Dan Ramsay is customer acquisition director at BT@danramsay
TV advertising has become far less dominant as other channels have opened up more choice. When I first started in marketing the media plan started with the TV ad and worked backwards from that. Today, many large brands are starting with social and working around that. That doesn’t mean that TV doesn’t have a major role to play, but it’s much more complementary to other channels. Part of that change is also about the way the TV landscape has changed, of course. When there was only one commercial station and the audiences for major shows were so huge, major brands couldn’t really opt out of being on air. Today they definitely can.
It’s simple to see how TV advertising has shaped brands through the ages. How many of your friends outside the industry can name a famous press ad to you? Or an online ad? Or a radio ad? Not many. TV advertising is advertising to most consumers. They know there are other media, but they’re nowhere near as memorable or top of mind. When I tell people what I do for a living, many of them recall the classic BT adverts over the decades – Buzby, Maureen Lipman and Bob Hoskins – for our older customers these are still statements of who BT are and why we’re loved.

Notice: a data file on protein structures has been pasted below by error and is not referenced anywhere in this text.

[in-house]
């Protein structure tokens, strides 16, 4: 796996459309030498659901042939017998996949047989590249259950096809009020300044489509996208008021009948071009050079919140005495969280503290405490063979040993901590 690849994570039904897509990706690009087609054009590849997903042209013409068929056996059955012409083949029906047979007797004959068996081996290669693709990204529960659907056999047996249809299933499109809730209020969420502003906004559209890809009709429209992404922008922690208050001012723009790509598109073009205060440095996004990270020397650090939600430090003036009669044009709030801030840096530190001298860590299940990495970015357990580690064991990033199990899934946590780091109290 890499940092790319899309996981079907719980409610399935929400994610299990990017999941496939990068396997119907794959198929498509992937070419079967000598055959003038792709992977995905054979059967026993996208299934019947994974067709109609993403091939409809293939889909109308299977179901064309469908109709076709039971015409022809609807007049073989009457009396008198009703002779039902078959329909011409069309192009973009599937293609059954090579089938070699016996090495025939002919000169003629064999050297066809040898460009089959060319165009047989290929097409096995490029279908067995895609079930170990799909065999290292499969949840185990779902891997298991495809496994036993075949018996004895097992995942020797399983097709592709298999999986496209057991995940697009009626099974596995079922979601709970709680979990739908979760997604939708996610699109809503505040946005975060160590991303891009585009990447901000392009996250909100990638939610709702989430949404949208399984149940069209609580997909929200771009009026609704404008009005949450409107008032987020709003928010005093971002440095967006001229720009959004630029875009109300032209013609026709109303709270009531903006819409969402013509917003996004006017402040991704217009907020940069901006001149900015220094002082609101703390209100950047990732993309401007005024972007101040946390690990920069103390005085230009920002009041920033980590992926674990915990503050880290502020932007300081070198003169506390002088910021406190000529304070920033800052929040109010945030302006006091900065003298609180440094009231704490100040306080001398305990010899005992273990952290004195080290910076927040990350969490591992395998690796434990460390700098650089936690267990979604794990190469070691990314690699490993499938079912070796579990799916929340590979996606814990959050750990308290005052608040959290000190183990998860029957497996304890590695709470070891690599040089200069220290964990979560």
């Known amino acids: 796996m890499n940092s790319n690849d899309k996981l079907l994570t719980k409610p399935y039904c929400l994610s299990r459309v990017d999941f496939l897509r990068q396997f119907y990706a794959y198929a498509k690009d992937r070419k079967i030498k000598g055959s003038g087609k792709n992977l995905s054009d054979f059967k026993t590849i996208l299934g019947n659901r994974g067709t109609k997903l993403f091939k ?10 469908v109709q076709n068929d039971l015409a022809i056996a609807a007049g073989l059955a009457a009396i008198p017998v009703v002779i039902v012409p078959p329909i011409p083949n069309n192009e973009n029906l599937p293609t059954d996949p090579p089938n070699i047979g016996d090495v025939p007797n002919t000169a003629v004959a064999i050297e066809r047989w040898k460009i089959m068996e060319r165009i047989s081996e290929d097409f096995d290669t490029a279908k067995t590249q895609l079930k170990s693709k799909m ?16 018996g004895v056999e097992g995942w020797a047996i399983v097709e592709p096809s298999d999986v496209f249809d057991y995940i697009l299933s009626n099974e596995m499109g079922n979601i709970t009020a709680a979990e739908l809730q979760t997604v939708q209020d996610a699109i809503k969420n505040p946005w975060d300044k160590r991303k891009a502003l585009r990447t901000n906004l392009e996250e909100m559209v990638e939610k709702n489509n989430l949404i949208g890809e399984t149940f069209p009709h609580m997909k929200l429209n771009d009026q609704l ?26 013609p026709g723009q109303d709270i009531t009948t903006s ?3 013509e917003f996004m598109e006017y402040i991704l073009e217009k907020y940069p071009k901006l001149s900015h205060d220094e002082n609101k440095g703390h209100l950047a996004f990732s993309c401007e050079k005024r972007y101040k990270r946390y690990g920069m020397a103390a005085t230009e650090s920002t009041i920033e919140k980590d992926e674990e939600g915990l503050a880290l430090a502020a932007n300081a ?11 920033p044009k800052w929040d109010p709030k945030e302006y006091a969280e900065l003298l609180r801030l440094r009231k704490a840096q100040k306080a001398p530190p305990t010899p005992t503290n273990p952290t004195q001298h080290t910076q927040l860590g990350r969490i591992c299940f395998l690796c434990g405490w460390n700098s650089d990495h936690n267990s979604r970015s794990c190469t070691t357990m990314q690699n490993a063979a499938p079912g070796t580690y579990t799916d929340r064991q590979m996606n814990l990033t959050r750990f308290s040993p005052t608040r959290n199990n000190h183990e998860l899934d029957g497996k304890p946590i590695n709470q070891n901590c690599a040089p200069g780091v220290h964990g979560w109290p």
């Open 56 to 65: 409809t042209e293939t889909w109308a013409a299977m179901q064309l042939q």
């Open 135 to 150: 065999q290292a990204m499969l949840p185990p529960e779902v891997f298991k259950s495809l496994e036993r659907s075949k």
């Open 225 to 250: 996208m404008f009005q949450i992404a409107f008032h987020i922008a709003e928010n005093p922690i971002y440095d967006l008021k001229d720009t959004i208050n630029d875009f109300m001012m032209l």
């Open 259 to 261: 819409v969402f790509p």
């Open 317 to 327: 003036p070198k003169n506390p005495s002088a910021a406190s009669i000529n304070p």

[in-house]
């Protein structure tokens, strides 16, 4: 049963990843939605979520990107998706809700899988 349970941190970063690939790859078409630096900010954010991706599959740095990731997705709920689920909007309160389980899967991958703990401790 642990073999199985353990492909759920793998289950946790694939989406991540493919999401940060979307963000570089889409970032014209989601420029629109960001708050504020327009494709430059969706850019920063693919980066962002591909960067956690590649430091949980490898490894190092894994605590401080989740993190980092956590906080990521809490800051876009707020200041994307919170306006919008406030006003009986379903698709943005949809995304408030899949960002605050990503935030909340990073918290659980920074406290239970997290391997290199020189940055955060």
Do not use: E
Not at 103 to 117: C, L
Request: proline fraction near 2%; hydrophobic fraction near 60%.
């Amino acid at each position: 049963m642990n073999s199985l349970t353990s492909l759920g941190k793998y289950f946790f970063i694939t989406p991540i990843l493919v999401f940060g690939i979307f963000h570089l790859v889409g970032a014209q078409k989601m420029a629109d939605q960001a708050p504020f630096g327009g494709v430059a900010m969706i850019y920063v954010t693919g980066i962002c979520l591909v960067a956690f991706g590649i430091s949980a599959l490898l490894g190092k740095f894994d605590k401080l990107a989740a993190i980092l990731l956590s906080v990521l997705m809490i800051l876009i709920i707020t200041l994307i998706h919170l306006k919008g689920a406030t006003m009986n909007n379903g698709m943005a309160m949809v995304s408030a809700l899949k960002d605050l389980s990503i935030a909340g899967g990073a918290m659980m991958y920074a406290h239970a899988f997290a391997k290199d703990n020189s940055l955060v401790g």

The opportunity for TV advertising to play a major role in the marketing mix is there simply down to the fact that the number of hours people spend watching TV isn’t decreasing, but it has to get much more targeted and data driven or advertisers will lose patience with the huge production costs. As TV becomes more digital and integrated with the web, the opportunity is obvious, but it needs to hurry up – brands wishing to target younger audiences won’t wait.
It excites me that in the future, TV advertising will be more relevant than ever as technology allows us to get much more targeted
It excites me that in the future, TV advertising will be more relevant than ever as technology allows us to get much more targeted. The future belongs to a data-geek-cum-creative hybrid.
TV will be global, with advertising local. Want to watch the next series of Mad Men on a US channel? Want to watch English football whilst you’re in China? The power in the value chain will shift from channels to content recommenders and aggregators that are trusted by the consumer.